Review: "The Making of Us" by Sheridan Voysey
Sheridan Voysey is an Australian author and radio presenter who, with his wife Merryn, experienced a 10-year struggle with infertility. The painful loss of remaining childless is recounted in his book “Resurrection Year”, and resulted in Merryn taking up a life-changing job offer in research at Oxford University. Sheridan therefore faced giving up a successful career in Australia to relocate to England, where he and his work weren’t really known. Following this move across the globe, he profoundly questioned his identity and purpose. This book is part memoir, part pilgrimage, as he undertook a 115 mile walk with his friend DJ in a week, from Lindisfarne to Durham Cathedral, in the footsteps of St Cuthbert, a monk who evangelised the north of England in the 600’s. I really wanted to read this book because, for my 50th birthday, I walked 50 km of St Cuthbert’s Way in three days, ending the journey by walking the poles on the sands of Lindisfarne. It was also an unforgettable spiritual experience for me. My feet also took a while to recover!
As his journey commences, Sheridan feels directionless, like a “plastic bag I once saw floating along the freeway.” The whole account is a worshipful metaphor. The language is poetic and lyrical. The descriptions of landscapes, whether sweepingly beautiful or built up and industrial, interweave with discussions between Sheridan and DJ about their feelings, their past, and plans for the future. In Chapter 4, “Visions and Whispers”, they walk through the sand dunes on Bamburgh Beach, and DJ recounts how much his atheism was isolating until he found himself at a church altar praying for salvation. Sheridan’s rejoinder about spiritual guidance relates to how God encouraged him to join “Family Radio”, a small, undeveloped station at the time. The appeal to join this station was minimal, but this move was to set the course of his career for the next 18 years. He advises that “Sometimes the God of wonders guides us with clear words and lights in the sky. Like a rushing wind…He sweeps us into His plans and into unexpected places” (p.54).
People feature so much in this book, and their stories matter. Whether it be ice cream shop owner Brenda in Cresswell, who has seen that the loss of mining has made her community of ninety seven people more close knit, or Paul, one of the ministers at a church in Monkwearmouth, whose wife will give birth to a child with a serious heart defect and Down’s syndrome, Sheridan concludes that there is only one real vocation, whatever our job or circumstances, “one great river from which all the streams of life flow: to love God and love others” (p.98).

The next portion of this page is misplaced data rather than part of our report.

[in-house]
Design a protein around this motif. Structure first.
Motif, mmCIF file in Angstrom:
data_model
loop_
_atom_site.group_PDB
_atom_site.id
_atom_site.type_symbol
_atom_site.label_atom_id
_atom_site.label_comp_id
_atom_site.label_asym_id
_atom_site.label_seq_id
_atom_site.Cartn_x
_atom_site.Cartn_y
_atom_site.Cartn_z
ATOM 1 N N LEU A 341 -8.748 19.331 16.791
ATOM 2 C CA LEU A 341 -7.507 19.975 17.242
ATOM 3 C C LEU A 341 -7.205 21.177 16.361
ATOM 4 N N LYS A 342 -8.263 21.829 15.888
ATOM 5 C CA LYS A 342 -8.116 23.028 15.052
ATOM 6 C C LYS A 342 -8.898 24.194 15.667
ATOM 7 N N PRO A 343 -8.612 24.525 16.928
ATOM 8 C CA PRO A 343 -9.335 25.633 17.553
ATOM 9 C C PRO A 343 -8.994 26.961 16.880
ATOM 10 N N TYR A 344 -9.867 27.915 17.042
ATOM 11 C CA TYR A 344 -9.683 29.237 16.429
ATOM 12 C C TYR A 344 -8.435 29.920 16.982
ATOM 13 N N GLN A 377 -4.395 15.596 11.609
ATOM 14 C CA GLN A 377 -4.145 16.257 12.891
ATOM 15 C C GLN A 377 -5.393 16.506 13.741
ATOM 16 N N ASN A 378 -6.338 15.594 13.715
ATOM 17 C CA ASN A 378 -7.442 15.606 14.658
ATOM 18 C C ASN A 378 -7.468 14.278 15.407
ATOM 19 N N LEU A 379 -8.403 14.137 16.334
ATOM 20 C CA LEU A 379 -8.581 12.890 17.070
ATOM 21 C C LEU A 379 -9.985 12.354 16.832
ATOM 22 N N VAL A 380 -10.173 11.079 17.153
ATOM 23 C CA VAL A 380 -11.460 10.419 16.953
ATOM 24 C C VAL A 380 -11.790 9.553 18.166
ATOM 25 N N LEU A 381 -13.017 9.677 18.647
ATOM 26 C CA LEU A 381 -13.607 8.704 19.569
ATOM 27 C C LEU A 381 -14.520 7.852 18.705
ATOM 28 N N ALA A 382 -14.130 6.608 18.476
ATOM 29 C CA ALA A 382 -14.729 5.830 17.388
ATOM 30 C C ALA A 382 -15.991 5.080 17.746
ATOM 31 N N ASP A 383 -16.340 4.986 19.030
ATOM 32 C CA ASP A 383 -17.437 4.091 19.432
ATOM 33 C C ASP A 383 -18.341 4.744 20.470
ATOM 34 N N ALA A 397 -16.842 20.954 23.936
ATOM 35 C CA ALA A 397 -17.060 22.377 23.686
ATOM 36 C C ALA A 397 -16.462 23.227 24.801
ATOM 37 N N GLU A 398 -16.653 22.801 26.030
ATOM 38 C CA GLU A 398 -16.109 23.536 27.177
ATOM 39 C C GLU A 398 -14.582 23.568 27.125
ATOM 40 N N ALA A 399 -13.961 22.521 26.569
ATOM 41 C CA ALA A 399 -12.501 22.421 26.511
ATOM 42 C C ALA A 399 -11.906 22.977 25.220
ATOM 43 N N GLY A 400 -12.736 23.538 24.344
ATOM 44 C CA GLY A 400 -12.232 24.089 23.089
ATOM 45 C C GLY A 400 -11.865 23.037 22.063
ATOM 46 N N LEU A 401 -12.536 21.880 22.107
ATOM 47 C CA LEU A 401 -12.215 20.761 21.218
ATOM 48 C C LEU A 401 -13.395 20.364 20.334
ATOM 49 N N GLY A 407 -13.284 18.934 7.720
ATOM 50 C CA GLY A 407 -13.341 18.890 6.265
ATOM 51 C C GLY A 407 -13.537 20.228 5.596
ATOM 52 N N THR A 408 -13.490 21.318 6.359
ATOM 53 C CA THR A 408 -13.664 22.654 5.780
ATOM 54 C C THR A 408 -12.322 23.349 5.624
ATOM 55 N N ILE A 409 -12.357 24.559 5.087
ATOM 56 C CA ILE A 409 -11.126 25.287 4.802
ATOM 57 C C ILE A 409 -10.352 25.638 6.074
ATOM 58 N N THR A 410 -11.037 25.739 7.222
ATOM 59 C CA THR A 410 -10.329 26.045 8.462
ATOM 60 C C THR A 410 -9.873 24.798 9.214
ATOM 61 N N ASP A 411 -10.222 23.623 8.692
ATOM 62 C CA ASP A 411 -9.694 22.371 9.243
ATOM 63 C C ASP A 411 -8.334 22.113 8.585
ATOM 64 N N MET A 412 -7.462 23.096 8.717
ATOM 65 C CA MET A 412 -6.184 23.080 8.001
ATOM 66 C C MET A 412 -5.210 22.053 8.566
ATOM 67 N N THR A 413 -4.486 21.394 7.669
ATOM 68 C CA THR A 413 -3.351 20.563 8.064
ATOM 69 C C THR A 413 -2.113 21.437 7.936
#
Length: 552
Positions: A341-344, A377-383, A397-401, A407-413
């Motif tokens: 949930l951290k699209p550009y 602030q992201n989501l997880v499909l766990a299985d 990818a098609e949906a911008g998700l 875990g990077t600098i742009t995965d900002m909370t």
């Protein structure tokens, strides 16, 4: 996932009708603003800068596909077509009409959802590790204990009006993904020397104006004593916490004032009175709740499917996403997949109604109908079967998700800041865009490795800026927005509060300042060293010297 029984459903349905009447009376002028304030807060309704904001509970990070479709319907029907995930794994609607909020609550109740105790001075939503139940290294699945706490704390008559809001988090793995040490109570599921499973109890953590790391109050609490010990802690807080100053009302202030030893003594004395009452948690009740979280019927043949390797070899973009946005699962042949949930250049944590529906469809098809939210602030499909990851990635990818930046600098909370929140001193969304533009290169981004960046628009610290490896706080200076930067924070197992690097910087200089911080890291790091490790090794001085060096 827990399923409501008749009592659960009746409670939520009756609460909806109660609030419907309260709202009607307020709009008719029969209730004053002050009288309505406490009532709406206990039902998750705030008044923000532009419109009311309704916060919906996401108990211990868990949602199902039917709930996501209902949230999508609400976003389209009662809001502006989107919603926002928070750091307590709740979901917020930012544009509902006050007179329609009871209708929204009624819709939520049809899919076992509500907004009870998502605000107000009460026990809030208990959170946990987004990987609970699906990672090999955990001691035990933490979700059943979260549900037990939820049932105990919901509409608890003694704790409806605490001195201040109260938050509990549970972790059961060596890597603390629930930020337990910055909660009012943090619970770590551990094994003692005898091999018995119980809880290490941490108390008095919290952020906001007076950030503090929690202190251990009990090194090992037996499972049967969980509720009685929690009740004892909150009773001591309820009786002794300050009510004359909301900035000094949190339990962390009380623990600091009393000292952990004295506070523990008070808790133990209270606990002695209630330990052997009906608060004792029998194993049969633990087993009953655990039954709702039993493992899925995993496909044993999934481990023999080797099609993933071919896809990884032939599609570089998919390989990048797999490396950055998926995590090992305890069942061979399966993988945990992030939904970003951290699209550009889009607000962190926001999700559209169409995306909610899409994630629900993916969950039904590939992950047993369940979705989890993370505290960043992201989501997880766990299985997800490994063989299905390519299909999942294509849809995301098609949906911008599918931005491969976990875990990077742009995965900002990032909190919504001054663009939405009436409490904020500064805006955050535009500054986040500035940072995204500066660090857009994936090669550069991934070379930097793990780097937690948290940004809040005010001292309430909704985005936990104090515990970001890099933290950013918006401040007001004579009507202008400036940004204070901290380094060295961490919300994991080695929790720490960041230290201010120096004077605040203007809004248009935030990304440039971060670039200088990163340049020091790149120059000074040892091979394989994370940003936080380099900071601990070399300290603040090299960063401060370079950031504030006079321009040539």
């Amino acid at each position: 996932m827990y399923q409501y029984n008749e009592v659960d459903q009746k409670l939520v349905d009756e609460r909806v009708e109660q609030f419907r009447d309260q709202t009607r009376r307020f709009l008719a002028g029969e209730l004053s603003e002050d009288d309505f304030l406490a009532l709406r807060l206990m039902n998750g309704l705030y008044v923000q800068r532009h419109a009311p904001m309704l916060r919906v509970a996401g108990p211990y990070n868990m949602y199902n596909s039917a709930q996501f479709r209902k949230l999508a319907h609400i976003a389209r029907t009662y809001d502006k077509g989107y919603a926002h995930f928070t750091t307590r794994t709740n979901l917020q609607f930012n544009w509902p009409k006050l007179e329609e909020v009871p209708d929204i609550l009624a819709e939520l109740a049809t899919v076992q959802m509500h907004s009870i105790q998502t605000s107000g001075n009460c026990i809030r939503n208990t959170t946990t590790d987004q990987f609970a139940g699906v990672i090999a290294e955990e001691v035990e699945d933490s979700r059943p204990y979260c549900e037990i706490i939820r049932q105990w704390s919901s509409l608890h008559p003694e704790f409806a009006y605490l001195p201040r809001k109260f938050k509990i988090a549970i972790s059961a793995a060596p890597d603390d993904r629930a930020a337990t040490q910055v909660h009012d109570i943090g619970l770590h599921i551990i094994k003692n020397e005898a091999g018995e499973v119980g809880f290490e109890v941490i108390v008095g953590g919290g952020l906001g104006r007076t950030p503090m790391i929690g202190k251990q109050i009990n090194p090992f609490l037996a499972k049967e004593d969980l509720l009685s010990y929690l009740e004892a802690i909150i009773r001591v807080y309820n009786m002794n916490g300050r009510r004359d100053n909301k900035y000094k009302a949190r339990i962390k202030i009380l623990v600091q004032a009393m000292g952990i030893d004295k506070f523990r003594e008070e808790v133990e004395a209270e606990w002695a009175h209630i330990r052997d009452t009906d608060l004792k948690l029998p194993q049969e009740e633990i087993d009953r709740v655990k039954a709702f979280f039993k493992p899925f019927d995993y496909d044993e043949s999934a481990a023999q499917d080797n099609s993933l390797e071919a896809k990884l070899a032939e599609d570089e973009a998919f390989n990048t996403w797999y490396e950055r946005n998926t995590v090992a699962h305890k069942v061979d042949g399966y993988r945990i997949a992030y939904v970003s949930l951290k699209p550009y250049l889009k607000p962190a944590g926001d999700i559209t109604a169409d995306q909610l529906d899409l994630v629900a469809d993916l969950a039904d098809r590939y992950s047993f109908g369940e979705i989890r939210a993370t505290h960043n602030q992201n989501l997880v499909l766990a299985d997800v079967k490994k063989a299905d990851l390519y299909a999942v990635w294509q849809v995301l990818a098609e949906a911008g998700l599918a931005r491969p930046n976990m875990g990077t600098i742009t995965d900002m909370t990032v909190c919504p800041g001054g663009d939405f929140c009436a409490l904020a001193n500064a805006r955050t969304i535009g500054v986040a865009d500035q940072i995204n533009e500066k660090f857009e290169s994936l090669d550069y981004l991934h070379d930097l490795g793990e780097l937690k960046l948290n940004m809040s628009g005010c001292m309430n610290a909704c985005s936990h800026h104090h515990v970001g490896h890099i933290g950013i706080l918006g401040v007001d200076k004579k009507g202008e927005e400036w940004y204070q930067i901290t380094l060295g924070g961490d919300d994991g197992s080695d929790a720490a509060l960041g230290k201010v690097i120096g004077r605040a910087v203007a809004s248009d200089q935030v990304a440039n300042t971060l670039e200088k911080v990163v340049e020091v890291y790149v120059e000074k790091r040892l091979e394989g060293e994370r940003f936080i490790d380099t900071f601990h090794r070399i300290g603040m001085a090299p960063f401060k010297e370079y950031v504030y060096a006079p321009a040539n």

Both walkers are honest about questioning faith and having no personal control over circumstances. Chapter 8, about comparison, particularly resonated with me and how we sometimes measure ourselves against the seeming success and ‘brightness’ of others. The story of Cuthbert is never far away too. As a novice, prior, hermit and bishop, he experienced adversity and suffering, which resulted in him bringing life and healing to those he met. He spread the gospel, saw thousands of Christians flourish, started modern conservation, and united a church on the verge of division. His legacy is inspirational. There is also a reflection guide with thoughts on each chapter, and Bible references to accompany the exploration. As one critic wrote, this is a book for a disciple.
I would suggest that this is not the genre of book that we usually review at TFT. It does not feature same-sex attraction, is not a study on disappointment and how to counteract biblically feelings of frustration and anger when life goes awry, and it is not a scholarly exposition of scripture. It is a book that advocates listening to God, finding space for peace, and being truthful about holding up our pain in silence to our Saviour. In encountering nature, friendship and church history, as well as sharing anecdotes and experiences from other wayfarers, both on this journey and in the past, God gently whispers encouragement and truth as Sheridan “attends” to His voice. Through the re-assessment of messy situations and the blurring of his calling, the author learns that “beautiful things can emerge from a life not going as planned. It can be the making of us.” (p.xiv). If you have ever struggled, or currently struggle, with crossing terrain that is uneven, or have metaphorical blisters on your feet and many unanswered questions (which I would suggest is a universal experience as a Christian), then please read this book. The experience will encourage you to be like Enoch, who “walked with God” (Genesis 5:24). As the last page states, you will “Walk on” (p.188).
The Making of Us by Sheridan Voysey
(W Publishing, 2019) 217 pages
£11.99 paperback, £9.99 E book
This book review was originally published in the Summer 2021 edition of the TFT magazine, Ascend. Click the button below to download your copy.
Download the Summer 2021 edition of Ascend